July 10, 2014
Veterinary students receive scholarship through Franklin County Community Foundation's Roseberry Scholarship
A homegrown scholarship is helping cultivate higher education opportunities for two Kansas State University veterinary medicine students from Franklin County.
Kotie Wootten, first-year veterinary medicine student from Ottawa, and Ellen "Elli" Ouellette Unruh, a second-year veterinary medicine student from Rantoul, are recipients of the R.E. Roseberry and Eileen E. Roseberry Scholarship established through the Franklin County Community Foundation. The renewable scholarship provides $10,000 per school year.
The Roseberrys owned a number of farms in Franklin County where they mostly grew soybeans and raised beef cattle. They also operated Roseberry Body Shop in Ottawa. R.E. "Rosey" Roseberry died in 2000 and Eileen Roseberry died in 2010. Through their estate, they left $4 million to establish the veterinary scholarship, as well as other funds to support a music scholarship at the university and a scholarship at the College of the Ozarks in southwest Missouri.
"I am convinced by what I have been told that R.E and Eileen Roseberry were truly exceptional people who were passionate about quietly sharing their wealth with the people within their community," said Ronnie Elmore, associate dean for academic programs, admissions and diversity programs in the College of Veterinary Medicine. "Not only will the recipients of their scholarships benefit financially immediately, but these students will be able to give back to their communities sooner following graduation. Educational debts will not be as large a burden for them as for many of their classmates."
"We want to make sure the money is going to its intended purpose," said Jeanny Sharp, a member of the Franklin County Community Foundation board and editor and publisher of the Ottawa Herald. "If we don't have an applicant, then we make sure the Roseberrys' fund continues to grow in the interim. Our job is to see that their desires for this scholarship fund are facilitated."
"I'm honored that the scholarship committee saw my education as an investment worth supporting," Unruh said. "I am very blessed to be a recipient of the Roseberry Scholarship and thankful for the financial assistance I have received. Receiving the scholarship has a large impact on the size of financial burden I will have when I graduate veterinary school. It is my goal when I become a practicing veterinarian that I can give back to the community in ways similar to the Roseberry family."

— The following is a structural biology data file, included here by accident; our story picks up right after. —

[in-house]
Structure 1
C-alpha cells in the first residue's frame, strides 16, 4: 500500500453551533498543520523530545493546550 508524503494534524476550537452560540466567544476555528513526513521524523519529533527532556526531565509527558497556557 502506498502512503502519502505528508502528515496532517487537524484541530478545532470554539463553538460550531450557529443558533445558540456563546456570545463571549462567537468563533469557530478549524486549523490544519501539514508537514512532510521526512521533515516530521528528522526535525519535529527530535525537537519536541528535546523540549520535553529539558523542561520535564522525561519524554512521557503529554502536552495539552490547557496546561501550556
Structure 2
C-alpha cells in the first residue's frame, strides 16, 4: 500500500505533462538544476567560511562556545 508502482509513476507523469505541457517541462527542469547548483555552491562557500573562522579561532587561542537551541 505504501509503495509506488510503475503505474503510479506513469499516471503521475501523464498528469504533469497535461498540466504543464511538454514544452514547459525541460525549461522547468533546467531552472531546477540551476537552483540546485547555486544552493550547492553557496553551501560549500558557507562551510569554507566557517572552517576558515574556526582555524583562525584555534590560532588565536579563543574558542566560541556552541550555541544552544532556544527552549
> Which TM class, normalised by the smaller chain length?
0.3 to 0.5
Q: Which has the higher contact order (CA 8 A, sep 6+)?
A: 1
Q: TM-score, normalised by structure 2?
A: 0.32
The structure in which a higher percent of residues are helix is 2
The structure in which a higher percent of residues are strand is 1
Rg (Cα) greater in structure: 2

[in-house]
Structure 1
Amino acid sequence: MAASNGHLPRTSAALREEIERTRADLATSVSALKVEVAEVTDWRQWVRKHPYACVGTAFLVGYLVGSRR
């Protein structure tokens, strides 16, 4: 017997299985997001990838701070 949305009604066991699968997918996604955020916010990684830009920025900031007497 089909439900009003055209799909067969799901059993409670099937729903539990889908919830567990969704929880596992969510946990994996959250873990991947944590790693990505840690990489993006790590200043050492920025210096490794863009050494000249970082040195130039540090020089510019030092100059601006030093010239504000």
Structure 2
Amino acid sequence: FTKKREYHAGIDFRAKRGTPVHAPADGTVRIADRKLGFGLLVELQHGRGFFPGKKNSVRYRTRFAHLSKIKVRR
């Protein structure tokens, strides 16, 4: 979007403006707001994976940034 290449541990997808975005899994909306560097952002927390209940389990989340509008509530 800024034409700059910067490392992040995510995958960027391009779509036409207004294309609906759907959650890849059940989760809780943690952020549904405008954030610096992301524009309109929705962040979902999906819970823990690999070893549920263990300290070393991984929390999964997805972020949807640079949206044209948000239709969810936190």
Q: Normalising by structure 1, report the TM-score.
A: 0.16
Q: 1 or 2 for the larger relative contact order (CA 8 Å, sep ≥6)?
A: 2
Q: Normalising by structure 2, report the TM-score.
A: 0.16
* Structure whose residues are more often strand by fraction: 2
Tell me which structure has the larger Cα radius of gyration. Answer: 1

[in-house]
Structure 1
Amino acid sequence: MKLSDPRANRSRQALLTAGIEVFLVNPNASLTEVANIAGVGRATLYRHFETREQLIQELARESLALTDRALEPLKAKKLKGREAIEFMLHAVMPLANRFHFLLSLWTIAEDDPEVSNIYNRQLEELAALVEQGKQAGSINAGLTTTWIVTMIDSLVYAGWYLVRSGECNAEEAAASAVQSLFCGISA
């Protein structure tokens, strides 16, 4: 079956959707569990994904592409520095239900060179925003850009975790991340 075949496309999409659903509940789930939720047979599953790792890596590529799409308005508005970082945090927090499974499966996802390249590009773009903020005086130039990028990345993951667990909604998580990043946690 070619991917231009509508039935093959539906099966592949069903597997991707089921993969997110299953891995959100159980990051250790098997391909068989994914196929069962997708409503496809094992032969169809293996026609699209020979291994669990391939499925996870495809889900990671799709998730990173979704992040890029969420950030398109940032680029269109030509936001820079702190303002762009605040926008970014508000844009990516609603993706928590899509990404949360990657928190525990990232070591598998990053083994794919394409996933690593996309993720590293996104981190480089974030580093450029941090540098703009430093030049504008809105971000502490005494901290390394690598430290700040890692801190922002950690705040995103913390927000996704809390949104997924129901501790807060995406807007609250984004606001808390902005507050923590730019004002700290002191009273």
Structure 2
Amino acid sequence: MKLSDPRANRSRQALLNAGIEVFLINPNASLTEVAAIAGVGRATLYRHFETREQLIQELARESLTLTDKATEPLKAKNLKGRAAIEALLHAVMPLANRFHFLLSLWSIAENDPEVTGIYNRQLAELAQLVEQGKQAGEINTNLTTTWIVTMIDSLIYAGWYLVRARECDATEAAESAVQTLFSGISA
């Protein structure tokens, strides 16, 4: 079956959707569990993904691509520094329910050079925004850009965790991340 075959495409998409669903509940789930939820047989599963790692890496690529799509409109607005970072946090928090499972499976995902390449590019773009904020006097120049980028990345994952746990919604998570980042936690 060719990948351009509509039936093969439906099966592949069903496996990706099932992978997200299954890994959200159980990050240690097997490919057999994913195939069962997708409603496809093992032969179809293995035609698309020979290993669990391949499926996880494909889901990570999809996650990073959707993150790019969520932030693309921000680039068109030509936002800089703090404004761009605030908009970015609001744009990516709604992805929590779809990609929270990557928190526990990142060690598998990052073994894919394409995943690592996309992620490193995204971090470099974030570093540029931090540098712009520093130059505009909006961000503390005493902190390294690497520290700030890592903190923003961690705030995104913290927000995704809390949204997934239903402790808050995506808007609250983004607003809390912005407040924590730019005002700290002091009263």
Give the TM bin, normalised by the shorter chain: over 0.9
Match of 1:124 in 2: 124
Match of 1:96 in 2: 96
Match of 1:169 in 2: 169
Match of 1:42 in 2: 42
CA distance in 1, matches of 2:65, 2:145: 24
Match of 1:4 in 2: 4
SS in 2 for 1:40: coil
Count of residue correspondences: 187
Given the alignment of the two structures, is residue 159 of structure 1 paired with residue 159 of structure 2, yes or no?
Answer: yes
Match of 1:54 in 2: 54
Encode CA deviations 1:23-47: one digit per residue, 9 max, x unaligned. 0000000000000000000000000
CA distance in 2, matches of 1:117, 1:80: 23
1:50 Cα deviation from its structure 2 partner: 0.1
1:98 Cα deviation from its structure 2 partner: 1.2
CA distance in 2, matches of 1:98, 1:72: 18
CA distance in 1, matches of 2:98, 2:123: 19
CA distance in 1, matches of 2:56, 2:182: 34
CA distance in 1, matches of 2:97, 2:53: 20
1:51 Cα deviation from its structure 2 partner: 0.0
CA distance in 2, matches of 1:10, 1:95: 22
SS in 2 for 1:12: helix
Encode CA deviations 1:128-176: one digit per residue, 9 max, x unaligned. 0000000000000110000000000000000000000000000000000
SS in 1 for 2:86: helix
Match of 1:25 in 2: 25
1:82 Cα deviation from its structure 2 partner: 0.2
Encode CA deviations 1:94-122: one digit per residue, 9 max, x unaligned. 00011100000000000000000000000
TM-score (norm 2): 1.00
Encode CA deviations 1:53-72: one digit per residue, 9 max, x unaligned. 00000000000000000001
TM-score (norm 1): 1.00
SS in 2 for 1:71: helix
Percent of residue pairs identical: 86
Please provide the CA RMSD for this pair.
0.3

Unruh earned a bachelor's degree in animal sciences and industry from K-State in May 2013. She is a graduate of Central Heights High School in Richmond.
Wootten said her grandmother saw the scholarship announcement in the local newspaper and thought she should apply.
"I never imagined I would be this lucky to receive a substantial scholarship that would instantly make going into veterinary school seem less stressful," Wootten said. "Before I received this scholarship I was constantly worrying about how I would be able to afford it and I was trying to calculate how much I would need to work to make ends meet."
Wootten has been working in the K-State dairy unit, but said this will change when she starts veterinary college in the fall.
"Receiving this scholarship will allow me to work less and focus my spare time on studying," she said. "With having more time to study and learn out of the classroom setting, it will be easier to reach my goal of practicing food animal medicine."
Wootten earned a bachelor's degree in animal sciences and industry from K-State in December 2012. She is a graduate of Wellsville High School.